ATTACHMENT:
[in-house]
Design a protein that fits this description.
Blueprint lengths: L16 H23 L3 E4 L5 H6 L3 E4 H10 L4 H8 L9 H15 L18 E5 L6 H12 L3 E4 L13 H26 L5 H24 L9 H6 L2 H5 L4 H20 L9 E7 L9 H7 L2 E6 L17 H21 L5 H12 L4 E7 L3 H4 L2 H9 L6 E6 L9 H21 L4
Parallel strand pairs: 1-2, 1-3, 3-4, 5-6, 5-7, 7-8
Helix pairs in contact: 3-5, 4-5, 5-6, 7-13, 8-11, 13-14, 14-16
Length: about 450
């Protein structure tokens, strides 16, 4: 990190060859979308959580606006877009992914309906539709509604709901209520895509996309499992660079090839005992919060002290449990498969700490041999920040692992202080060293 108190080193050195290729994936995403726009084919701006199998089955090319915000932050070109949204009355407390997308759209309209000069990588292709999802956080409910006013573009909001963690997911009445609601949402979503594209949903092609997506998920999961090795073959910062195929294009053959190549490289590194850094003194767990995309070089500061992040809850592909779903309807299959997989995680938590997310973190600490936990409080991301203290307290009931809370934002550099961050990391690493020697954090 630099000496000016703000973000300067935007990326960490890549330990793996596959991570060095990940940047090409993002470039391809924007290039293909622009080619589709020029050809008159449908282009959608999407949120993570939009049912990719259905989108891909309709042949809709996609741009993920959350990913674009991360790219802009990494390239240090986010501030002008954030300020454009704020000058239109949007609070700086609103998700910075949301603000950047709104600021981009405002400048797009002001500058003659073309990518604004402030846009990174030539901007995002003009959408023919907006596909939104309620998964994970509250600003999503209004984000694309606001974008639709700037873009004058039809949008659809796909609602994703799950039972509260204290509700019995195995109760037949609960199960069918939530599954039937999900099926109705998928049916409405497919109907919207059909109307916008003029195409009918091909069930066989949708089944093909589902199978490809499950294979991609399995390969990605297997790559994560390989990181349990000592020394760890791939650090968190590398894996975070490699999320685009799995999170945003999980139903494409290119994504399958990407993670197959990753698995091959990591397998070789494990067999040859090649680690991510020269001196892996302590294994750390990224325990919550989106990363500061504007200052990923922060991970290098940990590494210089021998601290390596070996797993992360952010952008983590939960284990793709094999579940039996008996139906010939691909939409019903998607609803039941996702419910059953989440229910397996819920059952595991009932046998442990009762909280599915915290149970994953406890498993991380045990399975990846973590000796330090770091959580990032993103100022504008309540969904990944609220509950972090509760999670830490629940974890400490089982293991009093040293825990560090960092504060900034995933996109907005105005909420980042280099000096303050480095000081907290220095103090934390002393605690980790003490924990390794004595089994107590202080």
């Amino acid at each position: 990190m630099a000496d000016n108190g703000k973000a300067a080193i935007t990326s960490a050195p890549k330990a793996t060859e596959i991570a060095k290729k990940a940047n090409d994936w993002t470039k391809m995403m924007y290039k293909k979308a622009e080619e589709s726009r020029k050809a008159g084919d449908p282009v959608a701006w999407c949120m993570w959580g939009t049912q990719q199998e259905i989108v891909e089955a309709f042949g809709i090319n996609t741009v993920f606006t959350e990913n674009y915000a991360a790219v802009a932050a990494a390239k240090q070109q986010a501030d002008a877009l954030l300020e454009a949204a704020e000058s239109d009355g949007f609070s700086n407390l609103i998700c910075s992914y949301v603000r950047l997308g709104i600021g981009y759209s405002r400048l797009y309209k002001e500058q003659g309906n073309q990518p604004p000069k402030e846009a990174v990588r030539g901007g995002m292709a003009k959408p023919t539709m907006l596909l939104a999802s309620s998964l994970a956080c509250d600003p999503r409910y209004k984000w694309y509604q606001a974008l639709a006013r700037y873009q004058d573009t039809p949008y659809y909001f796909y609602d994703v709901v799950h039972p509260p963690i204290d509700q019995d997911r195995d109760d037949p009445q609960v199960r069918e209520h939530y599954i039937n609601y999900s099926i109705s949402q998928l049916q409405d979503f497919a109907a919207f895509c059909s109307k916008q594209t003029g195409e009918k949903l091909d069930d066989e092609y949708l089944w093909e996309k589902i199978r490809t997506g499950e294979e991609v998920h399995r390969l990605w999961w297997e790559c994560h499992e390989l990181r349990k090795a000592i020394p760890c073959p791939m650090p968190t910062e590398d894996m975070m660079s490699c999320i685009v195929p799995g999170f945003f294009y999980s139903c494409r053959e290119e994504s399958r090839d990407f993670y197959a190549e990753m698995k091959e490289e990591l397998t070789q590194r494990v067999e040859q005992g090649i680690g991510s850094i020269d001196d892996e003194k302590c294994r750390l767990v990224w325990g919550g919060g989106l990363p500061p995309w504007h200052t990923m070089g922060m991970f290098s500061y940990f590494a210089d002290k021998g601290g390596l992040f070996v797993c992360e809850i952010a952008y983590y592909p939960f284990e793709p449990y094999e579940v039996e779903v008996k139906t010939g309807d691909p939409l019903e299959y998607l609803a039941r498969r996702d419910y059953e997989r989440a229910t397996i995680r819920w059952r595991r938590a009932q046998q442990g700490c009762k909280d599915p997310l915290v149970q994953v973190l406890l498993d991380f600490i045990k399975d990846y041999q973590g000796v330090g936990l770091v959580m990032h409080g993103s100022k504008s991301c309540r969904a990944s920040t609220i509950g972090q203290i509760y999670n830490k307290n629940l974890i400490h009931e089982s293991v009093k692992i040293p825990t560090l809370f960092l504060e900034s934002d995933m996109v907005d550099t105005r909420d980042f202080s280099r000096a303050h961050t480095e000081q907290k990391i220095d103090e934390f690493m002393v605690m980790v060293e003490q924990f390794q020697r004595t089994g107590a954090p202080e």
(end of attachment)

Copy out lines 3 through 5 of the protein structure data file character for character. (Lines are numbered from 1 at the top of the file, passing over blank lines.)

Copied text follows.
Blueprint lengths: L16 H23 L3 E4 L5 H6 L3 E4 H10 L4 H8 L9 H15 L18 E5 L6 H12 L3 E4 L13 H26 L5 H24 L9 H6 L2 H5 L4 H20 L9 E7 L9 H7 L2 E6 L17 H21 L5 H12 L4 E7 L3 H4 L2 H9 L6 E6 L9 H21 L4
Parallel strand pairs: 1-2, 1-3, 3-4, 5-6, 5-7, 7-8
Helix pairs in contact: 3-5, 4-5, 5-6, 7-13, 8-11, 13-14, 14-16